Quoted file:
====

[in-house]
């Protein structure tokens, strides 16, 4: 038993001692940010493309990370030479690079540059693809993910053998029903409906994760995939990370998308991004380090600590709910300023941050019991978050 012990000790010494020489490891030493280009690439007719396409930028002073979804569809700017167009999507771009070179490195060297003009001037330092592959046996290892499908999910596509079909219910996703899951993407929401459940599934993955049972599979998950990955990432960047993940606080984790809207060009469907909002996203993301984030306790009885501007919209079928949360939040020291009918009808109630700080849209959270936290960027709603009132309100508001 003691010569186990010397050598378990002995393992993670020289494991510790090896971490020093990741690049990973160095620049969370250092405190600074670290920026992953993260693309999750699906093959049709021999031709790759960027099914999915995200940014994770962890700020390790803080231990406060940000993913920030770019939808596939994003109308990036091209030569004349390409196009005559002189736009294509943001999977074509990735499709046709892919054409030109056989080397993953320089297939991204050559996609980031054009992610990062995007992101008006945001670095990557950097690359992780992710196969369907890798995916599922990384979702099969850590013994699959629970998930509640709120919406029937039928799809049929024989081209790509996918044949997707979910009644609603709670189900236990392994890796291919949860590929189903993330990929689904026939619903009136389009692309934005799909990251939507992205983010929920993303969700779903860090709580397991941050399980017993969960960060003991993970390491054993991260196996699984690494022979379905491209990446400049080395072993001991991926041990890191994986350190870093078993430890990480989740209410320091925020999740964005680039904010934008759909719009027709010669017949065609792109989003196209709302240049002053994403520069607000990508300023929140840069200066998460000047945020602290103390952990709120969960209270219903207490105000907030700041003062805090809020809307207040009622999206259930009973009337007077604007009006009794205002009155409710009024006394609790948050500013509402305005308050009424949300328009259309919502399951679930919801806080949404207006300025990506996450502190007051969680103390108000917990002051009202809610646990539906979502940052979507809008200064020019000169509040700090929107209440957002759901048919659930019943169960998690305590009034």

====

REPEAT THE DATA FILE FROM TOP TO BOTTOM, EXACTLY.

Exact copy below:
[in-house]
């Protein structure tokens, strides 16, 4: 038993001692940010493309990370030479690079540059693809993910053998029903409906994760995939990370998308991004380090600590709910300023941050019991978050 012990000790010494020489490891030493280009690439007719396409930028002073979804569809700017167009999507771009070179490195060297003009001037330092592959046996290892499908999910596509079909219910996703899951993407929401459940599934993955049972599979998950990955990432960047993940606080984790809207060009469907909002996203993301984030306790009885501007919209079928949360939040020291009918009808109630700080849209959270936290960027709603009132309100508001 003691010569186990010397050598378990002995393992993670020289494991510790090896971490020093990741690049990973160095620049969370250092405190600074670290920026992953993260693309999750699906093959049709021999031709790759960027099914999915995200940014994770962890700020390790803080231990406060940000993913920030770019939808596939994003109308990036091209030569004349390409196009005559002189736009294509943001999977074509990735499709046709892919054409030109056989080397993953320089297939991204050559996609980031054009992610990062995007992101008006945001670095990557950097690359992780992710196969369907890798995916599922990384979702099969850590013994699959629970998930509640709120919406029937039928799809049929024989081209790509996918044949997707979910009644609603709670189900236990392994890796291919949860590929189903993330990929689904026939619903009136389009692309934005799909990251939507992205983010929920993303969700779903860090709580397991941050399980017993969960960060003991993970390491054993991260196996699984690494022979379905491209990446400049080395072993001991991926041990890191994986350190870093078993430890990480989740209410320091925020999740964005680039904010934008759909719009027709010669017949065609792109989003196209709302240049002053994403520069607000990508300023929140840069200066998460000047945020602290103390952990709120969960209270219903207490105000907030700041003062805090809020809307207040009622999206259930009973009337007077604007009006009794205002009155409710009024006394609790948050500013509402305005308050009424949300328009259309919502399951679930919801806080949404207006300025990506996450502190007051969680103390108000917990002051009202809610646990539906979502940052979507809008200064020019000169509040700090929107209440957002759901048919659930019943169960998690305590009034």